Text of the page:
John Rea’s lifelong musical journey recognized with McGill Medal

John Rea, Professor Emeritus at the Schulich School of Music, was honoured during Fall 2020 Convocation ceremonies as one of three winners of the Medal for Exceptional Academic Achievement
John Rea is one of Canada’s preeminent composers

One of Canada’s preeminent composers, John Rea has filled a catalogue of nearly 80 original works encompassing chamber music, vocal genres, symphonic works, ballet, music theatre, opera and electroacoustic music. His music has been performed by ensembles around the world, including Canada, the United States, Argentina, France, Germany, Switzerland and Austria.

It’s been a long, wonderful journey for Rea who, as a young boy in Toronto, used to practice his scales on a keyboard made of paper.

Today, Rea, Professor Emeritus at the Schulich School of Music, marked another leg of that journey as he was honoured during Fall 2020 Convocation ceremonies as one of three winners of the McGill Medal for Exceptional Academic Achievement.

“Music started early for me as a child. I learned, if that’s the right word, how to ‘play’ the piano on a paper keyboard when I was about five or six years old. The keys, both black and white, had been drawn to size on oblong stiff paper showing about three octaves,” he says. “The Conservatory in Toronto employed this teaching method with children whose families didn’t own a piano. I was taught to identify the note middle C by calling it Baby C.”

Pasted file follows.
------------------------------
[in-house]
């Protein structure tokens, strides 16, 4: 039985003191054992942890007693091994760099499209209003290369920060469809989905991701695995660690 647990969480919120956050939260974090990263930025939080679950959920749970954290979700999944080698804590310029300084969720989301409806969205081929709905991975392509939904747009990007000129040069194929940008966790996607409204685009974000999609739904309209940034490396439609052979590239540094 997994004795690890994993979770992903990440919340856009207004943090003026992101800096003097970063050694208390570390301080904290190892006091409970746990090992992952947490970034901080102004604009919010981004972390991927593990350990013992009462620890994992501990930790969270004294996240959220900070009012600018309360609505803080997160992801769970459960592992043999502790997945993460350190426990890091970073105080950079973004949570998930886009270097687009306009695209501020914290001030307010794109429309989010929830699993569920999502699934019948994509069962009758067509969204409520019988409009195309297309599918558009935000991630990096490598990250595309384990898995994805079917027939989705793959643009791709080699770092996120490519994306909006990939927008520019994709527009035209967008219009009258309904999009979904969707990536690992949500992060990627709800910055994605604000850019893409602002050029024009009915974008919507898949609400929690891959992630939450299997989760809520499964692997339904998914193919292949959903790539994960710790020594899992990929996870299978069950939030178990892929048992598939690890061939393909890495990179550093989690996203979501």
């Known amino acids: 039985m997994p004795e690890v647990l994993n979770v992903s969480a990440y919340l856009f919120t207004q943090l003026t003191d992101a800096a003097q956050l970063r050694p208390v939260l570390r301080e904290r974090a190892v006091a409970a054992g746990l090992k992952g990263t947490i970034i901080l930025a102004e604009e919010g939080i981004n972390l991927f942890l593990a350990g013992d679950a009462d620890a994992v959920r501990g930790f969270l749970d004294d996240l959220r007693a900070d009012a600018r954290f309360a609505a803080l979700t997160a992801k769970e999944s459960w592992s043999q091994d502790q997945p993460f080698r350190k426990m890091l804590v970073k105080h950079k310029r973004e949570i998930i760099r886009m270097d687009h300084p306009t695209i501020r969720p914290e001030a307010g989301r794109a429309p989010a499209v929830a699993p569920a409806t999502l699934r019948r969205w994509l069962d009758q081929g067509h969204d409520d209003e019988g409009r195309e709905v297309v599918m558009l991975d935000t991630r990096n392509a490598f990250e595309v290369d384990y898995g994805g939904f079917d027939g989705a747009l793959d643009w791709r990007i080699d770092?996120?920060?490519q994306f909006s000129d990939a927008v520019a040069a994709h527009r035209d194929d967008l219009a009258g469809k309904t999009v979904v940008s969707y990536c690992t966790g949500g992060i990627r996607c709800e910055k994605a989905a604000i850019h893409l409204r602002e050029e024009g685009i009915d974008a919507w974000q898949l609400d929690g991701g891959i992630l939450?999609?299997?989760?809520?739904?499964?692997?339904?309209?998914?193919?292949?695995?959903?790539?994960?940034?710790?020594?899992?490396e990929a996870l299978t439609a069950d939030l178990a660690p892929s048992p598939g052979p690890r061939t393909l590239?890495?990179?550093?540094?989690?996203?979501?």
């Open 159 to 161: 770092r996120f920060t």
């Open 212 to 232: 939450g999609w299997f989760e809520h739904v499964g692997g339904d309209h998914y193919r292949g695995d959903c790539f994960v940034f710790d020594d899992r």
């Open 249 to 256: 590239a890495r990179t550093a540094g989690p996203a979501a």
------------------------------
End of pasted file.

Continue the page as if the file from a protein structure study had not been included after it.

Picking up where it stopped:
Rea doesn’t come from a musical family (“Only my father received some very rudimentary musical training. He played the trumpet in a village band as a teenager in Italy”). Nevertheless, his family bought a piano when Rea was seven or eight years old. And with that, the endless possibilities of music were opened to him.

“The studio grand piano (called a ‘baby grand’) occupied a big place in a small living room. And the object, unlike hand-held musical instruments, reigned over its space… perhaps a bit daunting for a young child,” he says. “But I knew then that the complete gamut of music itself lay before me. That was certainly fun.”

The power of creation

Rea took piano lessons throughout elementary and high school, and was pursuing a bachelor’s degree in piano when he decided to take an elective course in composition.

“In a way, I was returning to an avocation begun as a child when letting my hands roam over an extensive keyboard truly delighted me, and when I composed my first little works,” he says. “Thanks to the lessons given in that course, my sonic chaos slowly gave way to a sense of cosmos, orderliness, and form. Energy became unlocked, and I found new power as a burgeoning composer.”

Toward the end of his doctoral studies in composition and music theory at Princeton University in 1972, Rea met a recent graduate of McGill’s Faculty of Music (later the Schulich School of Music) who told him about an opening at the Faculty. Rea applied and was “ecstatic” to land a one-year position.